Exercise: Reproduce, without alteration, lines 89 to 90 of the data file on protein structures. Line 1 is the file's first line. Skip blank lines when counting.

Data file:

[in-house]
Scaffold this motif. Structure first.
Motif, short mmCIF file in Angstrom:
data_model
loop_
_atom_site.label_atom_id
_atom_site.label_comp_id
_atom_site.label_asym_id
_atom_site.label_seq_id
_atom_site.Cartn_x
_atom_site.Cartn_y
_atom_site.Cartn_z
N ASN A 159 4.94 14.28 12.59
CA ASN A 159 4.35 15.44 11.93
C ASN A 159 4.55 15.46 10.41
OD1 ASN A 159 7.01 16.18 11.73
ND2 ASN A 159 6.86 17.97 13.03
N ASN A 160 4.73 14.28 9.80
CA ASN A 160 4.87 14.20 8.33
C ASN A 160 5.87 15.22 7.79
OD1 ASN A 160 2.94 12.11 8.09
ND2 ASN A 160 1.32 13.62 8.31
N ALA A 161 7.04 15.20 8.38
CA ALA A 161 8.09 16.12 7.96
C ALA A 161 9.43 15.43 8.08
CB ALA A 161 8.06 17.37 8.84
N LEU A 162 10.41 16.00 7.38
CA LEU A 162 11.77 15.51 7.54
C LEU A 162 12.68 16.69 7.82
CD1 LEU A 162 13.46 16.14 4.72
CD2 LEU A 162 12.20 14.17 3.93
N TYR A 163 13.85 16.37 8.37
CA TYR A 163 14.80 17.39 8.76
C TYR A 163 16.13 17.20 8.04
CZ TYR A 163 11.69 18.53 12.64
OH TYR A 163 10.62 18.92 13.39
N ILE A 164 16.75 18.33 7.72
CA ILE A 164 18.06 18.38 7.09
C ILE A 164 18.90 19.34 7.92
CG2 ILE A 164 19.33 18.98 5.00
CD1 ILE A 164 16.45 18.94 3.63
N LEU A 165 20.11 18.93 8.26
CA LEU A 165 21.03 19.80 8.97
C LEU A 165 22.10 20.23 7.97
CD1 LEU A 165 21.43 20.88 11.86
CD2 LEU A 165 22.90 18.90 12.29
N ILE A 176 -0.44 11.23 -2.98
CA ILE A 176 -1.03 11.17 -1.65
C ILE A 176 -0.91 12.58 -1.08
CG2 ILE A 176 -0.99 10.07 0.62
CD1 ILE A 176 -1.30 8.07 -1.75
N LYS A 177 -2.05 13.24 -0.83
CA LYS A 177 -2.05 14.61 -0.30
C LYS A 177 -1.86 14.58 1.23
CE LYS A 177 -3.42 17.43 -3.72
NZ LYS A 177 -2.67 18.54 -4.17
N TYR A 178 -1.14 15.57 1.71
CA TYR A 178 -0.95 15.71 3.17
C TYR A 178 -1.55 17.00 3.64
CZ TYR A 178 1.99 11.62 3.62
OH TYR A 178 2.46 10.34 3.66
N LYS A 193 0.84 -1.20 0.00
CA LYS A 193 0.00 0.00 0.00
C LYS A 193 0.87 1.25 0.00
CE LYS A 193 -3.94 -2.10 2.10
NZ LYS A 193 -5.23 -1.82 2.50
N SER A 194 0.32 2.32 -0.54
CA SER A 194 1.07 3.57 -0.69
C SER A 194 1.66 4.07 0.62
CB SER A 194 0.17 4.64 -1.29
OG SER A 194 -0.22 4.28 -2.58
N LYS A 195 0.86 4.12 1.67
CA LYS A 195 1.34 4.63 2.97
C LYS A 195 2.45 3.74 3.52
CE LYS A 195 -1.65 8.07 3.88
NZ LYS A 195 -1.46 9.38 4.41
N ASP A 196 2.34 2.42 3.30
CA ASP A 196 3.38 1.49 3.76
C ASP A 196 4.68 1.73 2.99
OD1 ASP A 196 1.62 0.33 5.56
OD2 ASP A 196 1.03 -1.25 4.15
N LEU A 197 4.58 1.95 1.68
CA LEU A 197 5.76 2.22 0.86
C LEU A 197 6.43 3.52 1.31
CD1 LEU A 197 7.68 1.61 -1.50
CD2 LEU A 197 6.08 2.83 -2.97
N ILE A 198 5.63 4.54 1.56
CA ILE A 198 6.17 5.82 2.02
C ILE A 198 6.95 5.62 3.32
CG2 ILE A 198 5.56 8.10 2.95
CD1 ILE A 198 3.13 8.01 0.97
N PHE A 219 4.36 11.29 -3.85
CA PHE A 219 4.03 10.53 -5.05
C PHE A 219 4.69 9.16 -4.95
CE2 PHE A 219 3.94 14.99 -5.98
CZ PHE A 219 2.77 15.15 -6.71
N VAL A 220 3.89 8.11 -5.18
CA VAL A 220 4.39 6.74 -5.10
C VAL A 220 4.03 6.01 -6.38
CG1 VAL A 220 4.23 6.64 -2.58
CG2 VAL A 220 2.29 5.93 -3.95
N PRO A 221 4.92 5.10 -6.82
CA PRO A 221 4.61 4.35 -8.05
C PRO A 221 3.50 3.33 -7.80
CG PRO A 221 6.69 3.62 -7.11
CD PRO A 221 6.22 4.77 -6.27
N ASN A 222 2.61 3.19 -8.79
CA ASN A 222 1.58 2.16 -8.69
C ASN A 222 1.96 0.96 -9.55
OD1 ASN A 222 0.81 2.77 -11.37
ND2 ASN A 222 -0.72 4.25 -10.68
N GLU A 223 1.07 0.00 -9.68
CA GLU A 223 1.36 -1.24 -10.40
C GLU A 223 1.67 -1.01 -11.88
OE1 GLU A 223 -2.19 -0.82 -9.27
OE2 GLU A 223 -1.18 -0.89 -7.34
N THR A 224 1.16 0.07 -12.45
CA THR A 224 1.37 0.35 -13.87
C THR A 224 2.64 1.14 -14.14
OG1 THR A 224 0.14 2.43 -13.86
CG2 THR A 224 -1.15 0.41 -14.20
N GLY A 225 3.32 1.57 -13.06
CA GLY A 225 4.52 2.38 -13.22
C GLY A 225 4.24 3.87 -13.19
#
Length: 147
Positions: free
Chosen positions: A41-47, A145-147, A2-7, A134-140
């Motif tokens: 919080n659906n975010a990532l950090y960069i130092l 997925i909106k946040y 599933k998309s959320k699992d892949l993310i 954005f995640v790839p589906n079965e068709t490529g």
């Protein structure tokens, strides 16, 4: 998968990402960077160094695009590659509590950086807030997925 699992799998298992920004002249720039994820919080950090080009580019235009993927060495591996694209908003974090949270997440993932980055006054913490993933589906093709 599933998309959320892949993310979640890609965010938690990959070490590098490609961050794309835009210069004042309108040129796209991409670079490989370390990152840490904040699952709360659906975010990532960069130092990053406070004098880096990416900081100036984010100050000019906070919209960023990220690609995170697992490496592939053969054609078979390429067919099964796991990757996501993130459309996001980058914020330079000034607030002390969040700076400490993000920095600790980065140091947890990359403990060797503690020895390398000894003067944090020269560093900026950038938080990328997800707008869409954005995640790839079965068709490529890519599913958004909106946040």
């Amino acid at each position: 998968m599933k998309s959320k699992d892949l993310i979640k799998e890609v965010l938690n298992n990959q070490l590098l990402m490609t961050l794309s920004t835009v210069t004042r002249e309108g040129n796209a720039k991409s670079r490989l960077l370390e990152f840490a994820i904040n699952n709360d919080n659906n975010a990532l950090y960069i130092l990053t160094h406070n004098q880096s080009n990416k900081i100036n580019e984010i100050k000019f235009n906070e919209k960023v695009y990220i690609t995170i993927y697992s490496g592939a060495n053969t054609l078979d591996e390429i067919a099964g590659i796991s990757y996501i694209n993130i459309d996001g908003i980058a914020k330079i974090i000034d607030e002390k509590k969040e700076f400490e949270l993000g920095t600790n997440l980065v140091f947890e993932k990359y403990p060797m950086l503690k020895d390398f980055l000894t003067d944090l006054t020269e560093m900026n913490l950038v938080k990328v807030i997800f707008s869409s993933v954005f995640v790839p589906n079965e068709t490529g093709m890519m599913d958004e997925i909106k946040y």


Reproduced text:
C ILE A 198 6.95 5.62 3.32
CG2 ILE A 198 5.56 8.10 2.95